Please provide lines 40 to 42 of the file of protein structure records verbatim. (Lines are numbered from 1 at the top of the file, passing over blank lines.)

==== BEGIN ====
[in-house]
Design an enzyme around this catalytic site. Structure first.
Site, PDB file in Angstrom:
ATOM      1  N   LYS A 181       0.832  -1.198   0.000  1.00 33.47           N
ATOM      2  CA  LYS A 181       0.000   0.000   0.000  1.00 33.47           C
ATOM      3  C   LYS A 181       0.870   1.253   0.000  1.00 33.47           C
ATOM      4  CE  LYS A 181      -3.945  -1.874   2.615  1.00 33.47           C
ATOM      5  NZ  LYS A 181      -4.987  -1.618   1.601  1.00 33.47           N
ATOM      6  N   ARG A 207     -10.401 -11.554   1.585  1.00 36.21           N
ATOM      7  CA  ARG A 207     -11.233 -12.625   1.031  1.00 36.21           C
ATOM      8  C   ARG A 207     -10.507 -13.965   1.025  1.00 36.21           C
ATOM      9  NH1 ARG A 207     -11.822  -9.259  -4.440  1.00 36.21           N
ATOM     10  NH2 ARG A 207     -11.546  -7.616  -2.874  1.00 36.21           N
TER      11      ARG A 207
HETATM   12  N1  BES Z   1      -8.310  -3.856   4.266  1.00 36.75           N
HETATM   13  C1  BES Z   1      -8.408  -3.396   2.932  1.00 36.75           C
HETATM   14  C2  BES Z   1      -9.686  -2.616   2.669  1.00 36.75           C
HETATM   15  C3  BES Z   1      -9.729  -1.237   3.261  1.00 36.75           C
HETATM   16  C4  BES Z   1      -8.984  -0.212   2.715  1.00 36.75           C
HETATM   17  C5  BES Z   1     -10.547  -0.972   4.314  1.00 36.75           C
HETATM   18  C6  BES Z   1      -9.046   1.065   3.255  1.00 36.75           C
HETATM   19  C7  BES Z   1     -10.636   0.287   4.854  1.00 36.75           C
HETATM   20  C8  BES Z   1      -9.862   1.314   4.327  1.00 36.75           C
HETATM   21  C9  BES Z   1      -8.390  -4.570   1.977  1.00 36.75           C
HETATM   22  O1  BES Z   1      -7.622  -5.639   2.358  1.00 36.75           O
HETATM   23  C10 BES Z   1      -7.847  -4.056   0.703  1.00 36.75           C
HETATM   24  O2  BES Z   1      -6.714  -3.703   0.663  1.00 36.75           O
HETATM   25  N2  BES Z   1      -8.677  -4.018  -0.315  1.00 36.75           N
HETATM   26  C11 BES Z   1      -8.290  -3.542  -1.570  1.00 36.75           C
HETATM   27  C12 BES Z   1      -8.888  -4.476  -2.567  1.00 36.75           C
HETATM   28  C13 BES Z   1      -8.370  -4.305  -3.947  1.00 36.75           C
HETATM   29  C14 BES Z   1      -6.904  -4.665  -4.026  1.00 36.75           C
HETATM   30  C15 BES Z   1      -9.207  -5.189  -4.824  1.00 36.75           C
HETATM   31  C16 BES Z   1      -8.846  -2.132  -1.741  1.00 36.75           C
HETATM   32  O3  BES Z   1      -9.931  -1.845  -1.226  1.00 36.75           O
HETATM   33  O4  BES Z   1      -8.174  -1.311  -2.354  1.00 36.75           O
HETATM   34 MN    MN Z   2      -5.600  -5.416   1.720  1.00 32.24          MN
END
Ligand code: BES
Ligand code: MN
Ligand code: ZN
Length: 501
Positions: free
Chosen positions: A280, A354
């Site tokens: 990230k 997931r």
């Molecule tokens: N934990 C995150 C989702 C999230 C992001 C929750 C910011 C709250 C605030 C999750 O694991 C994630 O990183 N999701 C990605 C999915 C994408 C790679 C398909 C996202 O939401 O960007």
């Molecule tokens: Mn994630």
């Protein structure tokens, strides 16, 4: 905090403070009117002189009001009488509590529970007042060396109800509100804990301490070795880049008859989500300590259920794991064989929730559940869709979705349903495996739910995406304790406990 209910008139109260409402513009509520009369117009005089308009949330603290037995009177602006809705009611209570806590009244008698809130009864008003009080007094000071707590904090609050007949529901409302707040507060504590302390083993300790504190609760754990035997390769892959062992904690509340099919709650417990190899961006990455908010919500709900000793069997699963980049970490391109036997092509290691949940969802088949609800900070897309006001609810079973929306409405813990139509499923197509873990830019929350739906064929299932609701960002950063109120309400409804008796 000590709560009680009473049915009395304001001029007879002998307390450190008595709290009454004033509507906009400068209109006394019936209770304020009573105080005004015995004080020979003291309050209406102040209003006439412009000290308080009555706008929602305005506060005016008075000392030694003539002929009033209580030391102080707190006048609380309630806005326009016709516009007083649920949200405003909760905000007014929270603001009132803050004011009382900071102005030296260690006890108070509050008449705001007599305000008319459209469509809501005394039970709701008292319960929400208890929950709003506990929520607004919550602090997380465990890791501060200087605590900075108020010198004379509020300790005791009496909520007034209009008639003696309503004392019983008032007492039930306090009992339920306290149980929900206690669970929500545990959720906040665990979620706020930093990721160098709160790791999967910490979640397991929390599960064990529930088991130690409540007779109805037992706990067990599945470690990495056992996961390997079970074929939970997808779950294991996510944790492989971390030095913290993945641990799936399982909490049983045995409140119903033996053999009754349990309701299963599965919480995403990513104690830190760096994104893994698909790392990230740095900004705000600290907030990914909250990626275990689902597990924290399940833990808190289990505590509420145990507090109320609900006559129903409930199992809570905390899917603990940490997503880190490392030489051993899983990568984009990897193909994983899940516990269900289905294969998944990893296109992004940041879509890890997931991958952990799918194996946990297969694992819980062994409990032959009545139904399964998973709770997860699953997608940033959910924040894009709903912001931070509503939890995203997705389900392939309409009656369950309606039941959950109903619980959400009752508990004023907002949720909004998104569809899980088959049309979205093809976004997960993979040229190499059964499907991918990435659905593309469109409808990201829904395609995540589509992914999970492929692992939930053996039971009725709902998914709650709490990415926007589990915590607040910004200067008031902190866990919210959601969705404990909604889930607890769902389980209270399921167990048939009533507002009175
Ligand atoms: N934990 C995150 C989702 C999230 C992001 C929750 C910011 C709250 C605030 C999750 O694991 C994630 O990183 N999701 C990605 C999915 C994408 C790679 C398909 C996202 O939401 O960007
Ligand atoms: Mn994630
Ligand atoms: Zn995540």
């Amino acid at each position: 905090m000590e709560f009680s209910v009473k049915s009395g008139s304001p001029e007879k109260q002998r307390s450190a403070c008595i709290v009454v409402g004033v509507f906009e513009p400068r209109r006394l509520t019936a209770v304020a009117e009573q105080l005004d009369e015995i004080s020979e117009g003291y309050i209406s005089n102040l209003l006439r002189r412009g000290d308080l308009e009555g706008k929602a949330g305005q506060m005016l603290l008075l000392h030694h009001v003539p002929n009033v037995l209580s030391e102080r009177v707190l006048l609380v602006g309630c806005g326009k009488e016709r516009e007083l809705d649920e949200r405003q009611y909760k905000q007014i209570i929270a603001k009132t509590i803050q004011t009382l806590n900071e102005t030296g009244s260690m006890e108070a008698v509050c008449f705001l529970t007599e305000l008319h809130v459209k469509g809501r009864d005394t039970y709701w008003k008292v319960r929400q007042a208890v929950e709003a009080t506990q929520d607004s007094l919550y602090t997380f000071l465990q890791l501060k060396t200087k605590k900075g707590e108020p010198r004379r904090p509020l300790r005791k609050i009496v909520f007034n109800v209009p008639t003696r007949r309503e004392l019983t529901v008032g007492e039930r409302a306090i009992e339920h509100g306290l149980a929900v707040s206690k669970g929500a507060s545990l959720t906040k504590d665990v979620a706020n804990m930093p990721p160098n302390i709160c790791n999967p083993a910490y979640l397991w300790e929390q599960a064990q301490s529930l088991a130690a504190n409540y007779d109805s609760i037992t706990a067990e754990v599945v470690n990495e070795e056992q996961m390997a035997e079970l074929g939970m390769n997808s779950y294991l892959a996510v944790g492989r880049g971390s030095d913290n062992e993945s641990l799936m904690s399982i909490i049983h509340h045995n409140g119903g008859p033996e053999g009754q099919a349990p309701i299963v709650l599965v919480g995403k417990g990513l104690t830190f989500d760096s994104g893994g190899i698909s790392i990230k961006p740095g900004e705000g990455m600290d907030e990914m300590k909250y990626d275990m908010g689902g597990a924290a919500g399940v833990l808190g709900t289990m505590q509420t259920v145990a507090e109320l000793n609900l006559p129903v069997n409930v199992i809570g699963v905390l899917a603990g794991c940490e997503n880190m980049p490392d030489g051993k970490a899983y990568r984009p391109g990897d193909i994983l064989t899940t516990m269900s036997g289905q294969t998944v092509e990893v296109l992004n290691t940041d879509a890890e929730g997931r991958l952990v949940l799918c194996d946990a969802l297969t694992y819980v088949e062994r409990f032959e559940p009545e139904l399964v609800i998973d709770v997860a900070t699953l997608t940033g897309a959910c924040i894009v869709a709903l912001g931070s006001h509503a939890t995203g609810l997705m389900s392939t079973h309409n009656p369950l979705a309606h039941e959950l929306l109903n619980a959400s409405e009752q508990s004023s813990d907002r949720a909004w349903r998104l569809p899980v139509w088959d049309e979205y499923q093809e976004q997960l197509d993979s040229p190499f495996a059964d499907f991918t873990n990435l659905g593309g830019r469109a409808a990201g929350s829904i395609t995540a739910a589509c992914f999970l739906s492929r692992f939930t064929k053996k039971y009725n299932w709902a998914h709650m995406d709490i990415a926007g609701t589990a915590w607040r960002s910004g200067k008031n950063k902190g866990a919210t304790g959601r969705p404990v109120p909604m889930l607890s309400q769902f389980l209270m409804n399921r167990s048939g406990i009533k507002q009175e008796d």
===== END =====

Ligand code: MN
Ligand code: ZN
Length: 501